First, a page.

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Re: [school-discuss] Converting 600 old laptops into K12LTSP thin clients for 1:1 ratio at a middle school
If I may suggest you try the "SLICK" release of OpenSuse on one of these
laptops. It has an optimized boot process as well as other KDE processes
to provide a full KDE experience on slower hardware. I have it running
on a 500MHz system with decent results considering the resources
available. If you have any questions, feel free to contact me.
The SLICK release can be found here: http://en.opensuse.org/SLICK
Open Source Migration Specialist/Founder
Aptenix LLC-Desktop Solutions
New Market, MD
"Open source, open minds."
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How many seats are you aiming for? Do you need to resurrect all 600
laptops? If they are 5-6 years old you might be lucky to get 450 of them
working. However if If the machines don't need to travel home, then your
computer cart idea will also work w/ similar vintage desktop machines
that can be had for a modest cost....
Something to consider is that laptops degrade much faster than desktop
machines & the wear&tear/duty-cycle on student laptops is 2x that of
teachers (who are also hard on gear). The hardware problems in older
laptops only multiply as these machines age.
If I were in your shoes I'd take a look at the cost overhead of trying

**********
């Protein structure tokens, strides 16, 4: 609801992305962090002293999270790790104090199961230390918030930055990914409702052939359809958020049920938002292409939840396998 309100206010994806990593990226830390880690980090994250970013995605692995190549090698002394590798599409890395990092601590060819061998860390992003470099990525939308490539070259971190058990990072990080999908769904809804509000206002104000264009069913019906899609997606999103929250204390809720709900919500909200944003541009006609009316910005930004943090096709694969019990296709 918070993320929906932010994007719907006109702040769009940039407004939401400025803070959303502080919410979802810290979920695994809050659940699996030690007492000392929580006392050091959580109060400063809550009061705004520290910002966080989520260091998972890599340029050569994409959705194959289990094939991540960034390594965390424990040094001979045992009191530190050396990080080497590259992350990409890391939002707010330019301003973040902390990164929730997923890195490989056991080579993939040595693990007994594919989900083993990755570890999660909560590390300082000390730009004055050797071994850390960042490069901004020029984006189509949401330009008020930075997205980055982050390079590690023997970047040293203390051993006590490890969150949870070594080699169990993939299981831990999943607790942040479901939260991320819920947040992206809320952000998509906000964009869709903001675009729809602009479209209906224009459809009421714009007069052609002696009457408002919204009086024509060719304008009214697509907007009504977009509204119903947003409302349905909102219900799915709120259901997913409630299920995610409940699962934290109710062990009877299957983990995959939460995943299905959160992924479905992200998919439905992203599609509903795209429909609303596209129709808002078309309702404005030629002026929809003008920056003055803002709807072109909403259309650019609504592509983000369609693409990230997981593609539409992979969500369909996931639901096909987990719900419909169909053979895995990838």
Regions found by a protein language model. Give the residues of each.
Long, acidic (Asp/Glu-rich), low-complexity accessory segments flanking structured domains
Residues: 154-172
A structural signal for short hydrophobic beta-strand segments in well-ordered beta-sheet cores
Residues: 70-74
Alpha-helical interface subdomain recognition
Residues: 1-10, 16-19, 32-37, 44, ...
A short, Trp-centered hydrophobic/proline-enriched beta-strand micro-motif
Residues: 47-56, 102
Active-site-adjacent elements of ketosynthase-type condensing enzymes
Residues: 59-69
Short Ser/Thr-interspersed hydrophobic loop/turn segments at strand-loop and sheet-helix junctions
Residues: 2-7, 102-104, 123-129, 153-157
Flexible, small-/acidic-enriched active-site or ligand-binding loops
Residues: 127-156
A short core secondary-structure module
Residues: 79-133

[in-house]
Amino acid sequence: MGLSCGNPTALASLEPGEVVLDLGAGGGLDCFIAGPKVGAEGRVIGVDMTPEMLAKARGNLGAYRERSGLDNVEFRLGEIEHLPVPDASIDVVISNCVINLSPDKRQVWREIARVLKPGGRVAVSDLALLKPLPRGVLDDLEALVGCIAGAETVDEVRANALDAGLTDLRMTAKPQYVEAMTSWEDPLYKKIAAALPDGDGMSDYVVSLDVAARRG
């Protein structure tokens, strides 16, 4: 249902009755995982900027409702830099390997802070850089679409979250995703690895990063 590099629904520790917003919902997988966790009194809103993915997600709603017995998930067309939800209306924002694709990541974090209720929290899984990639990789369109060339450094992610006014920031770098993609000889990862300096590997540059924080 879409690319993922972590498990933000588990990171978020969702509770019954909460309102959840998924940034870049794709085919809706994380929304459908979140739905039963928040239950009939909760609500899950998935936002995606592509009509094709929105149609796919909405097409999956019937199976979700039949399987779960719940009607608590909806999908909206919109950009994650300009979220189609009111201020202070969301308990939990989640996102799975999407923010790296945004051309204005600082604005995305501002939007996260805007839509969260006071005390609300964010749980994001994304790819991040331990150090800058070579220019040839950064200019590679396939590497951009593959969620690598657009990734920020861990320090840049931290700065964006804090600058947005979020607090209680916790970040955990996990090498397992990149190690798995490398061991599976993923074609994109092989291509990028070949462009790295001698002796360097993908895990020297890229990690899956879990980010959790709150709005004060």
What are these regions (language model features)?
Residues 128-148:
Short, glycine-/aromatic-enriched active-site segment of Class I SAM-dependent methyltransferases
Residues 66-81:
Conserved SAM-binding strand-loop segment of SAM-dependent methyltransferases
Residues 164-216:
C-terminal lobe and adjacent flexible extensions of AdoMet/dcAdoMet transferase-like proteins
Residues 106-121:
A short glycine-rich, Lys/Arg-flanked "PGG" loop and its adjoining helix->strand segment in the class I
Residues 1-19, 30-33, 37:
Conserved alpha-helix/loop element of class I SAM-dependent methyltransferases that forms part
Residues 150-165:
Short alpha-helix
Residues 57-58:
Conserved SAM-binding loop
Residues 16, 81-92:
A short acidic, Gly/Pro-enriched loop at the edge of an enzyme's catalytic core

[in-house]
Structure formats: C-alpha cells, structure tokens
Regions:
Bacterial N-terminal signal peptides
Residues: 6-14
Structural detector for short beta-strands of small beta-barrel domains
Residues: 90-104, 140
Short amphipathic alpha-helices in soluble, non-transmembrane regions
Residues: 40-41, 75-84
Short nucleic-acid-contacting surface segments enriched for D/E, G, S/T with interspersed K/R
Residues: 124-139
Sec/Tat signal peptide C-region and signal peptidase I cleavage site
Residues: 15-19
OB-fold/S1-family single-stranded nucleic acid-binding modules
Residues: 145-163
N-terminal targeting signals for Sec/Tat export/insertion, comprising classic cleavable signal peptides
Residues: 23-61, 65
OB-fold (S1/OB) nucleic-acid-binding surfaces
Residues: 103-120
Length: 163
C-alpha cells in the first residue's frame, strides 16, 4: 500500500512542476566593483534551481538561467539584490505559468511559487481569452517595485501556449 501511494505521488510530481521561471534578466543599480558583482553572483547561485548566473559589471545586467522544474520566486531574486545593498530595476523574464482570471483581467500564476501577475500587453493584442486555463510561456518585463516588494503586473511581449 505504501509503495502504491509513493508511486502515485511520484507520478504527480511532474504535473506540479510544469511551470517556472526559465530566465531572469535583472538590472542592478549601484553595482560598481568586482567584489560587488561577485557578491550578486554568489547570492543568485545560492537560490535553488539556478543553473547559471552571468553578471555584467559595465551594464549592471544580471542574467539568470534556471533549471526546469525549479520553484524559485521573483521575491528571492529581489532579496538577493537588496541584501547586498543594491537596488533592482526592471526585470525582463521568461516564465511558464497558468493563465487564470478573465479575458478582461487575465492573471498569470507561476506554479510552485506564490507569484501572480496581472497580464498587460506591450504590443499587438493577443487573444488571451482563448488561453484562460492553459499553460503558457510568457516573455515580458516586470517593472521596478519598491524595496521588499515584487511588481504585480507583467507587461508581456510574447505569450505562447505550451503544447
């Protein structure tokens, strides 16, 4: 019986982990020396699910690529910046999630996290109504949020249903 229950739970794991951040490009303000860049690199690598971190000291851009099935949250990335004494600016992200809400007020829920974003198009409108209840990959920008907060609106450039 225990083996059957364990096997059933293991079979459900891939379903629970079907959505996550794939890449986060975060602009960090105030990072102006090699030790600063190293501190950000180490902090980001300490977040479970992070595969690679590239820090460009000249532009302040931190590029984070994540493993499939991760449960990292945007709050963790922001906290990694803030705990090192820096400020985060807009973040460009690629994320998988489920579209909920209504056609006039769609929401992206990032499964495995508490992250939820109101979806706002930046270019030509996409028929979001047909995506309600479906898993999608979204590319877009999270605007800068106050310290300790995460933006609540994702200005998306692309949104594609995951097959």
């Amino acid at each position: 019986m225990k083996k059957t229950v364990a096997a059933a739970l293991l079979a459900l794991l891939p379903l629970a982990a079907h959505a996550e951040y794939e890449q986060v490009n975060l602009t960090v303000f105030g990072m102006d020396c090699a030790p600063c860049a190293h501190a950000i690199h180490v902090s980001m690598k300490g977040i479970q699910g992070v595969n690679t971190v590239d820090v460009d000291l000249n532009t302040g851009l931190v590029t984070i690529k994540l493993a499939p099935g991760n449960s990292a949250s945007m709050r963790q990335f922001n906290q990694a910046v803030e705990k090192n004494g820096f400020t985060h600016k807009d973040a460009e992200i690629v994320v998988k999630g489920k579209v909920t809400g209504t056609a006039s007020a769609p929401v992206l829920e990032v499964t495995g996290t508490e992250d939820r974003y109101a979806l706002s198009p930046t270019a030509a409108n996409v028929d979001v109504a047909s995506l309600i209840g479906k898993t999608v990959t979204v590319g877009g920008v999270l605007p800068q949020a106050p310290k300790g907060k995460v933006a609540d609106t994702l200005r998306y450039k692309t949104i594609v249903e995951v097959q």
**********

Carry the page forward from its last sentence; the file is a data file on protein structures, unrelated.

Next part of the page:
to revive and maintain a fleet of older laptops vs. dropping in a fleet
of 5-6 year-old desktops. Burn-tested Dell GX-1's can be had for $65 (w/
550 MHz CPU, 128 MB RAM, 10 GB HDD), Dell GX-100's can be had for $95.
Generally speaking, many laptop makes are harder to open & maintain than
the best enterprise desktop boxes.
There'll be a cost of sorting thru this large pile of laptops,
diagnosing what's wrong, whether to cannibalize, the resulting buckets
of parts to test & salvage & the eventual technical headaches & repair
issues of continuing to maintain a degrading fleet of laptops, etc. Dell
Optiplex series (GX-1, etc), OTOH, are very easy to get into, repair,
etc - much easier than a laptop, and so fleet degradation &
cannibalization is much easier to handle. W/ the GX-1's we could match
salvaged working HDDs to salvaged CPUs & have working machines in less
than 10 minutes b/c the machines were identical otherwise....
As for the choice of having machines independent of K12LTSP that can
travel home w/ students - if the machines are fairly homogenous then
rapid cloning can be an option, royalty free, using Linux utilities.
I've cloned large batches of systems (Windows & Linux) via network using
the Linux System Rescue disk.
*/Daniel Howard <dhhoward@xxxxxxxxxxx>/* wrote:
I've know of a school that has over 600 older laptops (either Win98 or
Win2k) for a 1:1 grant-funded study in 2000 that now only has 50
functional units, assumedly due to viruses, upgrading OS w/o adding more
memory, lack of support, etc. We want to consider converting these into
K12LTSP thin clients using our laptop cart idea, but I wanted to make
sure we were considering all options.
We could probably load Linux OS directly onto each laptop and keep them
as stand-alone units so the kids could take them home as the original
model proposed, but the support issue (number of PCs to support) along
with the need to plug them in to power daily in the classrooms and
either plug network in or log on wirelessly makes that less desirable.
I'd rather see the kids stay after school for a few hours to do homework
on them when necessary and reduce the number of PCs to support by a
factor of 50 by turning them all into thin clients that stay at the
Are there any other ideas out there for what to do to revive 600 drunken
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